As always, Raymond Chen has the answer on his blog. Note that his test appears to have been run using unmanaged code. My guess is that there's nothing in the .NET framework that actually limits the number of threads per process and that the limit would be enforced by the O/S. If that's truly the case then his test is still valid.
Also, I'm not sure if it's different between 32-bit and 64-bit machines, I would imagine his results are dependent on RAM size and 32bit/64bit CPU along with possibly the number of CPUs. All that said, it looks like he was able to get 13000 threads created.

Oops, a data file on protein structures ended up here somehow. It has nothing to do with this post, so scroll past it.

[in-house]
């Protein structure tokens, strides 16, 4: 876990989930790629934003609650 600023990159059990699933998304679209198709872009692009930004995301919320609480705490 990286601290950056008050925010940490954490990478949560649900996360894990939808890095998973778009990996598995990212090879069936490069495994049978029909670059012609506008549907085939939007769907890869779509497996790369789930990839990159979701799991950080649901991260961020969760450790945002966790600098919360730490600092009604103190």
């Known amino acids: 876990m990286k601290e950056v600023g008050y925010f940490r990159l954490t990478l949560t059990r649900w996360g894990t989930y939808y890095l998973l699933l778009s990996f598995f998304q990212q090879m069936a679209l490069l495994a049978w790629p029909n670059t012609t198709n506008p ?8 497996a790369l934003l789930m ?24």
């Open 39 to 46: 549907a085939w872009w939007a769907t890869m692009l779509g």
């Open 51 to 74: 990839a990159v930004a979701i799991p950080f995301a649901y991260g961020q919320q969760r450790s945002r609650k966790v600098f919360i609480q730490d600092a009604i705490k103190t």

The big issue with 13k threads running is that the time spent context switching is sure to eat up all the available cpu and you're likely to be getting little to no work done.
If the application you're looking into is creating a lot of threads that are supposed to be doing intense work, you might not be getting a process hang as much as running into issues with the amount of context switching taking place. Obviously the most common issue in a multi-threaded application is a resource deadlock, but there are many tools available to troubleshoot that scenario.
Try the following links about deadlocks to determine if that's what you're actually running into: